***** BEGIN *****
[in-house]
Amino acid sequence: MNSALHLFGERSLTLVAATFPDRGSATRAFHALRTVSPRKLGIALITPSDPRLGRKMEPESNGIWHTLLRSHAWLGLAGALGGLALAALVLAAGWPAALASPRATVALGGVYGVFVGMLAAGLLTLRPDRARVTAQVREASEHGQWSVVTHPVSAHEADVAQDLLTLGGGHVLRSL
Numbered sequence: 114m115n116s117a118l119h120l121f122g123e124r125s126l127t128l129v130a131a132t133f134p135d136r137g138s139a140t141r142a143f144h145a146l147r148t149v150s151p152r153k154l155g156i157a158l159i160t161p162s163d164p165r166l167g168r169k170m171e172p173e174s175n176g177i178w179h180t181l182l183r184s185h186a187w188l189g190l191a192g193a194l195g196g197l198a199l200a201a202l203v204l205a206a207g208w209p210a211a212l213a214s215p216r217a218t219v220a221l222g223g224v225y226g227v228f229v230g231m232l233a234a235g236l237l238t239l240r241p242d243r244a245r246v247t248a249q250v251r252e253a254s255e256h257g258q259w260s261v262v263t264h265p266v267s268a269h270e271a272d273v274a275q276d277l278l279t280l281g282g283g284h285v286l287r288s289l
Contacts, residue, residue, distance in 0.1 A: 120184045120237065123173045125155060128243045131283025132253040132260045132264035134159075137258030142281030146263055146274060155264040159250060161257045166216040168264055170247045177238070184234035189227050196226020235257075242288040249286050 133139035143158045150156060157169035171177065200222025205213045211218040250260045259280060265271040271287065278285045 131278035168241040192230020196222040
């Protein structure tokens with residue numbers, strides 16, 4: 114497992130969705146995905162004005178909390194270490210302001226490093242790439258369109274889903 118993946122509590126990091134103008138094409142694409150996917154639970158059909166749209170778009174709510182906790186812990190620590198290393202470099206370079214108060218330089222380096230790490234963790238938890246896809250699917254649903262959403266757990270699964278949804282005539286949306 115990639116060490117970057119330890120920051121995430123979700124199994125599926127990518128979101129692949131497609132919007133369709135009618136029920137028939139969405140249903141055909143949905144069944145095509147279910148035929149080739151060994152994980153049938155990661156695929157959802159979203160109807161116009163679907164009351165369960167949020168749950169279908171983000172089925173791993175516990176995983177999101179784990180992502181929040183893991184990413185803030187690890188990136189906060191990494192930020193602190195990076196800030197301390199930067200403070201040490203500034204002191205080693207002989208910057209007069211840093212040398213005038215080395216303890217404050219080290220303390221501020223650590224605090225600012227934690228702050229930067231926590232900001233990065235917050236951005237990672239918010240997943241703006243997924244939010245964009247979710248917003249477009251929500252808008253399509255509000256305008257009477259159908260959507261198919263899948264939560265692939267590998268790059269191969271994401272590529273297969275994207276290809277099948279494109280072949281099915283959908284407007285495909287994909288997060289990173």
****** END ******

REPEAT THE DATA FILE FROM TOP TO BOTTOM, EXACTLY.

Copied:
[in-house]
Amino acid sequence: MNSALHLFGERSLTLVAATFPDRGSATRAFHALRTVSPRKLGIALITPSDPRLGRKMEPESNGIWHTLLRSHAWLGLAGALGGLALAALVLAAGWPAALASPRATVALGGVYGVFVGMLAAGLLTLRPDRARVTAQVREASEHGQWSVVTHPVSAHEADVAQDLLTLGGGHVLRSL
Numbered sequence: 114m115n116s117a118l119h120l121f122g123e124r125s126l127t128l129v130a131a132t133f134p135d136r137g138s139a140t141r142a143f144h145a146l147r148t149v150s151p152r153k154l155g156i157a158l159i160t161p162s163d164p165r166l167g168r169k170m171e172p173e174s175n176g177i178w179h180t181l182l183r184s185h186a187w188l189g190l191a192g193a194l195g196g197l198a199l200a201a202l203v204l205a206a207g208w209p210a211a212l213a214s215p216r217a218t219v220a221l222g223g224v225y226g227v228f229v230g231m232l233a234a235g236l237l238t239l240r241p242d243r244a245r246v247t248a249q250v251r252e253a254s255e256h257g258q259w260s261v262v263t264h265p266v267s268a269h270e271a272d273v274a275q276d277l278l279t280l281g282g283g284h285v286l287r288s289l
Contacts, residue, residue, distance in 0.1 A: 120184045120237065123173045125155060128243045131283025132253040132260045132264035134159075137258030142281030146263055146274060155264040159250060161257045166216040168264055170247045177238070184234035189227050196226020235257075242288040249286050 133139035143158045150156060157169035171177065200222025205213045211218040250260045259280060265271040271287065278285045 131278035168241040192230020196222040
């Protein structure tokens with residue numbers, strides 16, 4: 114497992130969705146995905162004005178909390194270490210302001226490093242790439258369109274889903 118993946122509590126990091134103008138094409142694409150996917154639970158059909166749209170778009174709510182906790186812990190620590198290393202470099206370079214108060218330089222380096230790490234963790238938890246896809250699917254649903262959403266757990270699964278949804282005539286949306 115990639116060490117970057119330890120920051121995430123979700124199994125599926127990518128979101129692949131497609132919007133369709135009618136029920137028939139969405140249903141055909143949905144069944145095509147279910148035929149080739151060994152994980153049938155990661156695929157959802159979203160109807161116009163679907164009351165369960167949020168749950169279908171983000172089925173791993175516990176995983177999101179784990180992502181929040183893991184990413185803030187690890188990136189906060191990494192930020193602190195990076196800030197301390199930067200403070201040490203500034204002191205080693207002989208910057209007069211840093212040398213005038215080395216303890217404050219080290220303390221501020223650590224605090225600012227934690228702050229930067231926590232900001233990065235917050236951005237990672239918010240997943241703006243997924244939010245964009247979710248917003249477009251929500252808008253399509255509000256305008257009477259159908260959507261198919263899948264939560265692939267590998268790059269191969271994401272590529273297969275994207276290809277099948279494109280072949281099915283959908284407007285495909287994909288997060289990173």